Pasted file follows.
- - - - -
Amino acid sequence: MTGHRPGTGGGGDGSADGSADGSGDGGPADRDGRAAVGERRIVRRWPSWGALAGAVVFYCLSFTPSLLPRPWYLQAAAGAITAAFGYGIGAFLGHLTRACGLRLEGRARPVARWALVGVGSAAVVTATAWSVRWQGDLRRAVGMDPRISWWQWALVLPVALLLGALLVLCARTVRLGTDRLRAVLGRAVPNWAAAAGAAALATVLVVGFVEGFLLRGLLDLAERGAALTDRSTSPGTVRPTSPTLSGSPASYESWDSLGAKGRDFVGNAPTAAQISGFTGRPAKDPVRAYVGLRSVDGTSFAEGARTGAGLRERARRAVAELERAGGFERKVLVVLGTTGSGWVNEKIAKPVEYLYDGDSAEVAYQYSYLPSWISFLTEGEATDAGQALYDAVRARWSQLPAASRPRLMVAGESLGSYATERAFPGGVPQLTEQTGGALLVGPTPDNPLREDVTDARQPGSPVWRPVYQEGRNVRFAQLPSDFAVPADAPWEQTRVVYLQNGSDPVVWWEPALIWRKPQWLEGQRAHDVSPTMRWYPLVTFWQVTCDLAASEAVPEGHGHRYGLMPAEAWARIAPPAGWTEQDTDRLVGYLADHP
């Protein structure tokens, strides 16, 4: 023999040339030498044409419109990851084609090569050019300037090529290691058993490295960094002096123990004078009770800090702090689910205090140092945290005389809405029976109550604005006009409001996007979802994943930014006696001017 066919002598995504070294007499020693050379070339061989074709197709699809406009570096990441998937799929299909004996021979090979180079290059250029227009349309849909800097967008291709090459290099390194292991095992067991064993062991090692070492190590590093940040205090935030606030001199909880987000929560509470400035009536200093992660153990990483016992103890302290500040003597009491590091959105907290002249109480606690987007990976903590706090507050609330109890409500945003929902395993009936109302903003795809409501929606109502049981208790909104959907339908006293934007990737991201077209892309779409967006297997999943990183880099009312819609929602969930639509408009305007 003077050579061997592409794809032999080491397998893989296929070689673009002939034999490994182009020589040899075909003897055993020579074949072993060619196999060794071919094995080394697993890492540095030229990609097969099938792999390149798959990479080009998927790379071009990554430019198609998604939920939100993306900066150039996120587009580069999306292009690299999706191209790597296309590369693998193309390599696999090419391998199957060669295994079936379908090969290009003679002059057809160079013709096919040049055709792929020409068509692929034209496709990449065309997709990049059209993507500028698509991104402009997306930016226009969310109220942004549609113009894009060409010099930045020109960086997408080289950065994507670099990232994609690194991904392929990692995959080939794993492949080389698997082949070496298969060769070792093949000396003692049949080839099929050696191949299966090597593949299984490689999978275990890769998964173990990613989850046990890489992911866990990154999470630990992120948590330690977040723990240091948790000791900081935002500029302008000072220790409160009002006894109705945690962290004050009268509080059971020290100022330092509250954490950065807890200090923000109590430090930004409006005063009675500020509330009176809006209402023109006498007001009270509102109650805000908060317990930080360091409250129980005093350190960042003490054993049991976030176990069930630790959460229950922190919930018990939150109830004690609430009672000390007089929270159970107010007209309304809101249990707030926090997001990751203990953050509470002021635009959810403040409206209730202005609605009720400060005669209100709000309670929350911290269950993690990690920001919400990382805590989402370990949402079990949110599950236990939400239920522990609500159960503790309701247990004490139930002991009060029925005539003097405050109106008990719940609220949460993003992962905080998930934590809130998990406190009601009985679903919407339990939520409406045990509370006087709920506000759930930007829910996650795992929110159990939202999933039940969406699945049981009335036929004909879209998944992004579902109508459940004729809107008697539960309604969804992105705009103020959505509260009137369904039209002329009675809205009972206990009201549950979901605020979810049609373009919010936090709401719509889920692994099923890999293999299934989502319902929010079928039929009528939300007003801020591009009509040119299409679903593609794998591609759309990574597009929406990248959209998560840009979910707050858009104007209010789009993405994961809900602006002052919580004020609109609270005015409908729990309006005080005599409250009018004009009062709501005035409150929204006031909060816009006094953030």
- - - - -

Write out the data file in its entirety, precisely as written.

Amino acid sequence: MTGHRPGTGGGGDGSADGSADGSGDGGPADRDGRAAVGERRIVRRWPSWGALAGAVVFYCLSFTPSLLPRPWYLQAAAGAITAAFGYGIGAFLGHLTRACGLRLEGRARPVARWALVGVGSAAVVTATAWSVRWQGDLRRAVGMDPRISWWQWALVLPVALLLGALLVLCARTVRLGTDRLRAVLGRAVPNWAAAAGAAALATVLVVGFVEGFLLRGLLDLAERGAALTDRSTSPGTVRPTSPTLSGSPASYESWDSLGAKGRDFVGNAPTAAQISGFTGRPAKDPVRAYVGLRSVDGTSFAEGARTGAGLRERARRAVAELERAGGFERKVLVVLGTTGSGWVNEKIAKPVEYLYDGDSAEVAYQYSYLPSWISFLTEGEATDAGQALYDAVRARWSQLPAASRPRLMVAGESLGSYATERAFPGGVPQLTEQTGGALLVGPTPDNPLREDVTDARQPGSPVWRPVYQEGRNVRFAQLPSDFAVPADAPWEQTRVVYLQNGSDPVVWWEPALIWRKPQWLEGQRAHDVSPTMRWYPLVTFWQVTCDLAASEAVPEGHGHRYGLMPAEAWARIAPPAGWTEQDTDRLVGYLADHP
């Protein structure tokens, strides 16, 4: 023999040339030498044409419109990851084609090569050019300037090529290691058993490295960094002096123990004078009770800090702090689910205090140092945290005389809405029976109550604005006009409001996007979802994943930014006696001017 066919002598995504070294007499020693050379070339061989074709197709699809406009570096990441998937799929299909004996021979090979180079290059250029227009349309849909800097967008291709090459290099390194292991095992067991064993062991090692070492190590590093940040205090935030606030001199909880987000929560509470400035009536200093992660153990990483016992103890302290500040003597009491590091959105907290002249109480606690987007990976903590706090507050609330109890409500945003929902395993009936109302903003795809409501929606109502049981208790909104959907339908006293934007990737991201077209892309779409967006297997999943990183880099009312819609929602969930639509408009305007 003077050579061997592409794809032999080491397998893989296929070689673009002939034999490994182009020589040899075909003897055993020579074949072993060619196999060794071919094995080394697993890492540095030229990609097969099938792999390149798959990479080009998927790379071009990554430019198609998604939920939100993306900066150039996120587009580069999306292009690299999706191209790597296309590369693998193309390599696999090419391998199957060669295994079936379908090969290009003679002059057809160079013709096919040049055709792929020409068509692929034209496709990449065309997709990049059209993507500028698509991104402009997306930016226009969310109220942004549609113009894009060409010099930045020109960086997408080289950065994507670099990232994609690194991904392929990692995959080939794993492949080389698997082949070496298969060769070792093949000396003692049949080839099929050696191949299966090597593949299984490689999978275990890769998964173990990613989850046990890489992911866990990154999470630990992120948590330690977040723990240091948790000791900081935002500029302008000072220790409160009002006894109705945690962290004050009268509080059971020290100022330092509250954490950065807890200090923000109590430090930004409006005063009675500020509330009176809006209402023109006498007001009270509102109650805000908060317990930080360091409250129980005093350190960042003490054993049991976030176990069930630790959460229950922190919930018990939150109830004690609430009672000390007089929270159970107010007209309304809101249990707030926090997001990751203990953050509470002021635009959810403040409206209730202005609605009720400060005669209100709000309670929350911290269950993690990690920001919400990382805590989402370990949402079990949110599950236990939400239920522990609500159960503790309701247990004490139930002991009060029925005539003097405050109106008990719940609220949460993003992962905080998930934590809130998990406190009601009985679903919407339990939520409406045990509370006087709920506000759930930007829910996650795992929110159990939202999933039940969406699945049981009335036929004909879209998944992004579902109508459940004729809107008697539960309604969804992105705009103020959505509260009137369904039209002329009675809205009972206990009201549950979901605020979810049609373009919010936090709401719509889920692994099923890999293999299934989502319902929010079928039929009528939300007003801020591009009509040119299409679903593609794998591609759309990574597009929406990248959209998560840009979910707050858009104007209010789009993405994961809900602006002052919580004020609109609270005015409908729990309006005080005599409250009018004009009062709501005035409150929204006031909060816009006094953030």